As air travel continues to grow over the next couple decades—even accounting for the 2020 fall in demand—airlines have an opportunity to leverage volumes of data from a vast cross-section of society to improve the travel experience for passengers globally. Along with that opportunity comes unique challenges from a privacy perspective. Compliance with privacy laws is, for sure, an important concern.  But the bigger issue for airlines may be one of data ethics and public perception: how do airlines assure the public that their use of personal data is a good thing?

Unfortunately, when it comes to air travel, the public is already primed to be guarded when it comes to their privacy, not because of anything airlines have done, but simply because of the context.  When a passenger arrives at an airport, they’re greeted by security guards and cameras.  Maybe they interact with a ticket kiosk that asks questions about their destination.  They pass through a security screening complete with x-rays and body scans, which many view (rightly or wrongly) as an intrusion on personal privacy.  Even if the passenger waits in line for a traditional security screening, they may be watching others pass through a screening process using facial recognition, fingerprint readers, and iris scans. In short, by the time a passenger has arrived at the gate, the traveler may relish the relative privacy of being the anonymous person in seat 7F.  None of these factors have anything to do with anything the airlines have or haven’t done; it’s just the context.  But the public association of air travel with intrusive experiences can spill over into suspicious feelings towards airlines.

Complicating matters, many feel air travel is a necessity and may be inclined to treat airlines as common carriers to whom they should not have to give permission to use personal data for purposes beyond providing the transportation service.

Another risk is complexity.  The web of entities that need to exchange data about passengers just to make a flight happen is both large and intricate. Any given flight may involve interactions among airlines, global distribution systems (GDS), online travel agencies and online booking tools, traditional travel agents, and the innumerable service providers that fit between those players, not to mention the TSA and other government agencies (of perhaps multiple countries). Outside of the flight experience itself, airline alliances and partnerships with other players in the travel industry, such as hotels, car rentals and credit card companies, means complex data sharing for purposes of loyalty programs. This complexity both heightens cybersecurity issues and produces more places for privacy risks to emerge.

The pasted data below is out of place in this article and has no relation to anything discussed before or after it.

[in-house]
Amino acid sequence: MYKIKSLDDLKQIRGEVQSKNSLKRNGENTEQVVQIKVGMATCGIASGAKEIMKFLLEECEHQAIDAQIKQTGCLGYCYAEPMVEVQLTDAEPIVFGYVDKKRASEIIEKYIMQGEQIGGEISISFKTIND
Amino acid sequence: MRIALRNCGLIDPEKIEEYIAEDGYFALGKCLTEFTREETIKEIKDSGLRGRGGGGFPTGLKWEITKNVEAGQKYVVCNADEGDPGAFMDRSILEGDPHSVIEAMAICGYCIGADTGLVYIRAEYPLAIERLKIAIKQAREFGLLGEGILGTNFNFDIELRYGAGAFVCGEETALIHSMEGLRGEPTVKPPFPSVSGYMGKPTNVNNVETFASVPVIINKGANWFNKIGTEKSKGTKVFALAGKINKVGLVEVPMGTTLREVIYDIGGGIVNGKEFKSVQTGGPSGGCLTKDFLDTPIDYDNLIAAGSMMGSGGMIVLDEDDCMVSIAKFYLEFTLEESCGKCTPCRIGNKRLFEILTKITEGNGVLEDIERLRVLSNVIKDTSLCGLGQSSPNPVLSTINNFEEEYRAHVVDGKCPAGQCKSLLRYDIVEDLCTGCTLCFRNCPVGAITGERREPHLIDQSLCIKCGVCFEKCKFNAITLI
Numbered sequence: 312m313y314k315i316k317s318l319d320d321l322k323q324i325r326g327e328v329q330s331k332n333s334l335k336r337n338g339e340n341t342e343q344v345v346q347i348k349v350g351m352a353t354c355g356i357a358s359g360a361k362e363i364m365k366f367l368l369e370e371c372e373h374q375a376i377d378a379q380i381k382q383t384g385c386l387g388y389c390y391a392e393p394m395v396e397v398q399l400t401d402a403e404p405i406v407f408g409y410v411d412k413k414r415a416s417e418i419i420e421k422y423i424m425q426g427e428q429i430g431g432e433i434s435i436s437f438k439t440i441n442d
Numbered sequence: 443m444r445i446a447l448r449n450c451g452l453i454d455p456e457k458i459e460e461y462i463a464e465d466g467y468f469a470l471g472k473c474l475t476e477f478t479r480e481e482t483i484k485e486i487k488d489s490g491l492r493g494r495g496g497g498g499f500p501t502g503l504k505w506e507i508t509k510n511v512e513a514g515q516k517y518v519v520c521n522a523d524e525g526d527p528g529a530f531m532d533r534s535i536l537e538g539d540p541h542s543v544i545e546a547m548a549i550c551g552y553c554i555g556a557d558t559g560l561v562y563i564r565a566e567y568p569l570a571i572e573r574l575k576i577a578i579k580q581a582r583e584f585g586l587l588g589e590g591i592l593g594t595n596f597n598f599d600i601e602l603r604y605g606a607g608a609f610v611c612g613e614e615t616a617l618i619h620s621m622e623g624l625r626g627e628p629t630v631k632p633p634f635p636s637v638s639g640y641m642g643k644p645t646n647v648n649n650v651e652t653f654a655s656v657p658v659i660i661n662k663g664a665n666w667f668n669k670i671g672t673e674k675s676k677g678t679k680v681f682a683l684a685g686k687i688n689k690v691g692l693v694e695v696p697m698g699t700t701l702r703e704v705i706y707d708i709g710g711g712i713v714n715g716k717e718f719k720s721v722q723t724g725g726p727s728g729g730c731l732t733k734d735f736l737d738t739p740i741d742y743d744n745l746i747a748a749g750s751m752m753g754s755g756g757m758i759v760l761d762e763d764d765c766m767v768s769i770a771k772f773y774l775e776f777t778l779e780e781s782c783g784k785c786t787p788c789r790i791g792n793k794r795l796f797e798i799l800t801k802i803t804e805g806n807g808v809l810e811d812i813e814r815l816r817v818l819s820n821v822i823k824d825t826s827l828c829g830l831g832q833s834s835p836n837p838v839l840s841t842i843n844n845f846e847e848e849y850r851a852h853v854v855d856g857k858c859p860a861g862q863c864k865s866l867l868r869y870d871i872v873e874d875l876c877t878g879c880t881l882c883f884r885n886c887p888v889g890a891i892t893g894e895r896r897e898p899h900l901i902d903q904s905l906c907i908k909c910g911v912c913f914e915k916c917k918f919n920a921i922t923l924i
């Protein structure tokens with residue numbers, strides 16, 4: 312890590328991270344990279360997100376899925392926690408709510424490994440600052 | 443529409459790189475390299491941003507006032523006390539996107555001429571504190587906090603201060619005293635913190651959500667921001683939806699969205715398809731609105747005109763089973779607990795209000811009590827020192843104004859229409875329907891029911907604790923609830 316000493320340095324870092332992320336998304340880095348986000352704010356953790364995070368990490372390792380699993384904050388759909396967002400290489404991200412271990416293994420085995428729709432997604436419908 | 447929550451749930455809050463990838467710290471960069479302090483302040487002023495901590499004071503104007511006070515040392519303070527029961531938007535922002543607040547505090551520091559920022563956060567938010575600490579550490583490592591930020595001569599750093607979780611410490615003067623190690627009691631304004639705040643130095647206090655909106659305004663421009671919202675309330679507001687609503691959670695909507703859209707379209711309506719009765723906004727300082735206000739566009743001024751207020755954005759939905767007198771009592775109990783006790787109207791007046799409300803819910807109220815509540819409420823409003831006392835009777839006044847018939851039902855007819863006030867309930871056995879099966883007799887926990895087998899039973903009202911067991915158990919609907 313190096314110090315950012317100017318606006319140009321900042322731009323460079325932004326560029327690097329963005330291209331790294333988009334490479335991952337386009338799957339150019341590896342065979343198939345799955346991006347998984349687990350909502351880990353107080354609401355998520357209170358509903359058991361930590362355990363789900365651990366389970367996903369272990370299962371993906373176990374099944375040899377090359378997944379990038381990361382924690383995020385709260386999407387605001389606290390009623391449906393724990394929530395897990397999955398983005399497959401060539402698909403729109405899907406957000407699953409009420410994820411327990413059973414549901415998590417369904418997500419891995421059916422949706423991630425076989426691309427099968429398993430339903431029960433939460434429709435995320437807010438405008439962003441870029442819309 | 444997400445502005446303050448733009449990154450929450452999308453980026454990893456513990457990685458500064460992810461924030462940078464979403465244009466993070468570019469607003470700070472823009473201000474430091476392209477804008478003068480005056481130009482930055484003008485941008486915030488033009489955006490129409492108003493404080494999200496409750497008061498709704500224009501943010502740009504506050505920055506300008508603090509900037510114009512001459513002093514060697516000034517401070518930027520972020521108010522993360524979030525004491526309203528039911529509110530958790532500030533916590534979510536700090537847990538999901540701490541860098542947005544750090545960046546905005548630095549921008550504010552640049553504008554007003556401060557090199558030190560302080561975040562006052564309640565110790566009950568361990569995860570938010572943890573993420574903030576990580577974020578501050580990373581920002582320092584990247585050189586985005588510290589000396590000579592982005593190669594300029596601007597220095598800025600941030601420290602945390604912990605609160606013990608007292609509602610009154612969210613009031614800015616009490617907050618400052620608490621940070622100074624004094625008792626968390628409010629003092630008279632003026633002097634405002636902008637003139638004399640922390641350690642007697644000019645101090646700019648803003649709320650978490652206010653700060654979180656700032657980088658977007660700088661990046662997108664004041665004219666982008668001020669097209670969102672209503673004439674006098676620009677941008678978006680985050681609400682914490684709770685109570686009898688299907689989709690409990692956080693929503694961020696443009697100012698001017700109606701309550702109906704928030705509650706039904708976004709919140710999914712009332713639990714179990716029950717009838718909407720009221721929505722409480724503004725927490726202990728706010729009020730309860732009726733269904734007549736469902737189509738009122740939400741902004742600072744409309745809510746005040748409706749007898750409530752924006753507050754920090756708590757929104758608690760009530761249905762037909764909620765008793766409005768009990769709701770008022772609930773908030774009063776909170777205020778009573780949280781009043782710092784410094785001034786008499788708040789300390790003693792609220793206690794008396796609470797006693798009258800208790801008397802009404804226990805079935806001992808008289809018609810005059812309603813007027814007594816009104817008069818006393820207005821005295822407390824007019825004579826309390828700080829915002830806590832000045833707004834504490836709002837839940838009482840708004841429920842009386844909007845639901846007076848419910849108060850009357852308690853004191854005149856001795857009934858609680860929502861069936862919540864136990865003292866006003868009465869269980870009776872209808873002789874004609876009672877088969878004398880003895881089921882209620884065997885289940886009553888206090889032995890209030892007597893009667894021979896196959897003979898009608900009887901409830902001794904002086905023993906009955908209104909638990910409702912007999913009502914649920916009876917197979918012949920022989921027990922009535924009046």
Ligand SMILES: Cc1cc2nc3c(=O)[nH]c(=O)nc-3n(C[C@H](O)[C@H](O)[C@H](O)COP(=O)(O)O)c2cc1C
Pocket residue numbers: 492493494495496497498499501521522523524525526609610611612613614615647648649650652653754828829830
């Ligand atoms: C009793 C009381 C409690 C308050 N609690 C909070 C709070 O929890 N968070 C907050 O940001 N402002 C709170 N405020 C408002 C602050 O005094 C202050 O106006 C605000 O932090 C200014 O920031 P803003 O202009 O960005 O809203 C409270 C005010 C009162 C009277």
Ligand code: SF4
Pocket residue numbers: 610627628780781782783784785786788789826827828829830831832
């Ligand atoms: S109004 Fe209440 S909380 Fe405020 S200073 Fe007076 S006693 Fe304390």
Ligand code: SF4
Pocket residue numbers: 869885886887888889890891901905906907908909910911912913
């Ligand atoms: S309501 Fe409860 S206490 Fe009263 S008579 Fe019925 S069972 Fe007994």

There are, of course, legal complexities.  Air travel is cross-border in a very physical sense, raising the specter of conflicts of law, especially in an area of law such as privacy, where jurisdictions are only relatively recently starting to implement regulations, and not in a very uniform manner. The quick pace at which emerging technologies leveraging personal data develop may also cause uncertainty as to the applicability of regulations to new (and even settled) practices in the industry.

So how can airlines cope with these challenges and build trust with the public?  In short, airlines should look to privacy principles not as a burden, but as an opportunity.

For example, a key privacy principle is transparency.  Airlines can view transparency as an opportunity to demonstrate the value they provide using data.  There are reasons airlines may want to know a person’s dietary restrictions—it means the airline can provide the person an appropriate meal, perhaps even without the person remembering to request one.  Storing a passenger’s credit card number may make it easier to make food, beverage, or entertainment purchases in flight without fumbling around for a payment card.  Knowing the routes that a passenger may regularly take could allow the airline to make better recommendations or offer advantageous pricing.  Examples abound; the point is that airlines can use transparency to educate consumers on how the use of personal data creates value for the consumer.

Another key privacy principle is control.  By providing consumers with a measure of control over their data—just like large tech companies increasingly do—airlines are likely to give people comfort on someone else holding data on them.  Famously, people are afraid of flying, even though it’s safer than driving, because they don’t feel they are in control. The same principle applies to data. 

And of course, there is security.  Airlines need to make cybersecurity a priority, particularly when it comes to personal data.  All in all, the air travel industry has an excellent track record for physical safety thanks to scrupulous testing and inspections.  By being just as diligent with the security of personal data, airlines can build trust with the public so that they can use personal data to serve their customers.